The best time to eat is at level 3 or 4. At this point you are experiencing physical hunger, and your body is telling you that you need food. You still have enough control to make smart choices and control your portion sizes. Don’t wait until you become ravenous. Try to stop when you hit 6 and 7. You should always finish a meal or snack feeling satisfied, not stuffed to the point where you need to unbutton your jeans. (Unless you wear pajama jeans of course.)
Keep A Food/Mood Journal
The food diary is a powerful tool to bring awareness to your eating patterns. This may seem quite time consuming, but so is binging. BAM! Really though, this journal can be a real eye opener. Keep track of your meal/snack intake and your feelings before and after eating. At first it may feel odd or you may not feel any particular way. That’s okay—just write “fine” or “good. After a week or two you’ll be able to start making connections. This food diary process is designed to be fun and informative. Stay free of negative judgments. If negative feelings arise, or if you feel guilty for eating something “bad,” remember that recording this information will help you to see the connection between what you eat and how you feel emotionally and physically.
f you forget to write down a meal, no worries. It’s all good peeps. Just keep writing. I have a great food diary outline/handout I use with my clients. If you’re interested in having it, please feel free to contact me.
Eat Nourishing Foods Throughout The Day
One of the reasons I would binge at night is because my body was starving for nutrients. Contrary to my once-held beliefs, a girl can’t live on diet soda and rice cakes alone. It’s important to nourish your body throughout the day and choose foods that keep your blood sugar stable. Contrary to the commercials, a Snickers bar won’t do the trick. Cutting back on sugar, white flours and processed foods can make a huge difference in your nightly food choices. It may take some extra planning and prep, but trust me, it’s worth it. Fail to prepare and be prepared to fail.
It’s pretty amazing what oxygen can do for the brain. I know I’ve shared this before, but this one minute meditation can do wonders for high stress situations and unwanted anxiety. Deep breathing releases feel-good endorphins throughout the body and can bring you back to the present moment. The good news? It can’t hurt to try.
Eat The Damn Cookie
My health coach friends might kill me for this but I don’t care. Many times when people are trying to “eat good”, they cut out everything “bad” and have this all-or-nothing mindset. This leads to binges, and feelings of failure and deprivation. Instead of eating the whole box of cookies on a Saturday night, why not enjoy a small serving a few times throughout the week? It won’t kill you and you won’t go up a pant size overnight like I once thought.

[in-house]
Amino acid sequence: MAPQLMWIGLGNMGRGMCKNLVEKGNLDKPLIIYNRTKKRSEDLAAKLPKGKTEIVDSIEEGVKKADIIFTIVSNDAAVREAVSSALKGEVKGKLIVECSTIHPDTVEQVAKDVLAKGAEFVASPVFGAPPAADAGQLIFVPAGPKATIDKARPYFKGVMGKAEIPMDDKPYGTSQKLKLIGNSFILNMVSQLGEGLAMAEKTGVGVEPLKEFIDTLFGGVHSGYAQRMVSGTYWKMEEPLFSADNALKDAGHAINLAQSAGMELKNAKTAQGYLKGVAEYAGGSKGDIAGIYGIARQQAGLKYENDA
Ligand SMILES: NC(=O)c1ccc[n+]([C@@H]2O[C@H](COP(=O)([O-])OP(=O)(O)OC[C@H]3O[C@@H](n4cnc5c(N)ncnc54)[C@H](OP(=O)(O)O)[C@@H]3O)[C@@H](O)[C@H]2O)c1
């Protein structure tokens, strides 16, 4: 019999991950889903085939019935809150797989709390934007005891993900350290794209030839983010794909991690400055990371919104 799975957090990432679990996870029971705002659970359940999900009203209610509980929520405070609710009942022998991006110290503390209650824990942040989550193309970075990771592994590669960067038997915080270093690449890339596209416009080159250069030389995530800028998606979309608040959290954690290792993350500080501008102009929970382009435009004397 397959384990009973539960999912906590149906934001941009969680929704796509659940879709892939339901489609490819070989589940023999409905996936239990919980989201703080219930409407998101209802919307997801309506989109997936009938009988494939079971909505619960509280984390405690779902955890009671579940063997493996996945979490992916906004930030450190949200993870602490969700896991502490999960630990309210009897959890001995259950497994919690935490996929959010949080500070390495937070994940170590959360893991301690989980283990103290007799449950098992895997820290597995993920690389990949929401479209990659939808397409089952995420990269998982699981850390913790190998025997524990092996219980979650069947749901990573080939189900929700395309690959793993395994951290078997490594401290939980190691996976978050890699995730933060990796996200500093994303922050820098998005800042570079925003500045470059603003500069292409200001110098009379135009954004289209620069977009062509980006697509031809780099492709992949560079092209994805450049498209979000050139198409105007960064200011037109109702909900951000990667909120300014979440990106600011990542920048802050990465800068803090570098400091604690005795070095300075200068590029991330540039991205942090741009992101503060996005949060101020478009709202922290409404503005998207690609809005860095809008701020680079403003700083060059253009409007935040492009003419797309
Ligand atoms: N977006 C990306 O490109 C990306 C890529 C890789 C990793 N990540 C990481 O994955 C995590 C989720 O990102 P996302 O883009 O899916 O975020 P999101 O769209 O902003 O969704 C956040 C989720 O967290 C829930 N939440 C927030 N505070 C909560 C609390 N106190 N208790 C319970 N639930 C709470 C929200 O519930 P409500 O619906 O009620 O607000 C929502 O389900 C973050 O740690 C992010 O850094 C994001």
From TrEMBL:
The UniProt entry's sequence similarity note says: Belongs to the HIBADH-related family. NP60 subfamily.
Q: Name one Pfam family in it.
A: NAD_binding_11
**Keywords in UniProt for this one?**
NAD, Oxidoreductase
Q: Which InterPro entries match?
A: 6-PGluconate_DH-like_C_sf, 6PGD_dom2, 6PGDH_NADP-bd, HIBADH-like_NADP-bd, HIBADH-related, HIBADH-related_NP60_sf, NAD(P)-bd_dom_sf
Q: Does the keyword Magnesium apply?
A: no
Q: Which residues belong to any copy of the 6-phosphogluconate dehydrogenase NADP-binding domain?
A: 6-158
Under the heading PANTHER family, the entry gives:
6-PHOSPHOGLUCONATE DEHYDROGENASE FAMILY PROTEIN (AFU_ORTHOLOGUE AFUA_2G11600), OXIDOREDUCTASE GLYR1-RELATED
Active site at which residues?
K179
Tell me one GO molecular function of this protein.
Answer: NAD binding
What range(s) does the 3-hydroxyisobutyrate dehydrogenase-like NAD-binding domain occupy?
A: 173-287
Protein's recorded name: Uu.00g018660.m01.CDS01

One of my binge foods was pasta and guess what? I eat it almost every day now. I actually had some for lunch because it’s one of my favorite foods!. When we trust our body’s cues and allow ourselves to feel safe around foods that once controlled us, we take back control and can form a harmonious relationship with our body.
So much easier said than done right? The bottom-line here is that you cannot care for something you don’t love. Love your body. Thank your body. Embrace where you are right now, in this moment. The shape of your body, right now in this moment, is simply a manifestation of your beliefs about life up to this point. Accept that. Stop fighting. Ditch the shame and the deprivation. Make a new choice.
I know this sounds cheesy, but shifting your perception will shift your world. You must believe that it is possible to coexist peacefully with food. Know that this happens by being present and tapping into what you’re really feeling. Know that no feeling will ever destroy you. There really is a whole new world of possibilities when you stop turning to food to numb your emptiness.
Forgiveness is by far the most important of all these steps. As you begin this journey, never forget that two steps forward and one step back is not only normal, but acceptable. It takes great effort to become effortless at anything. The journey doesn’t end until we take our last breath. After three treatment centers, years of counseling and going back to school, I’m still learning. I know the learning and growing will never stop.
There are still days I get frustrated at the fact that I have to work so hard to lead a normal life around food. There are still days when my mind tries to fool me into believing I would be happier if the tag on my pants read size 0. There are still days when I ask God what he was thinking when he gave me two daughters. Thankfully, those days are far and few between. When the thoughts do arise, I have my husband to remind me of how far I’ve come. I am only human and I’ve fought one hell of a battle to get to this point in my life. I know I will never go back to the girl I once was. I know this because I love my body and it’s impossible to consciously harm something that you love and respect so much.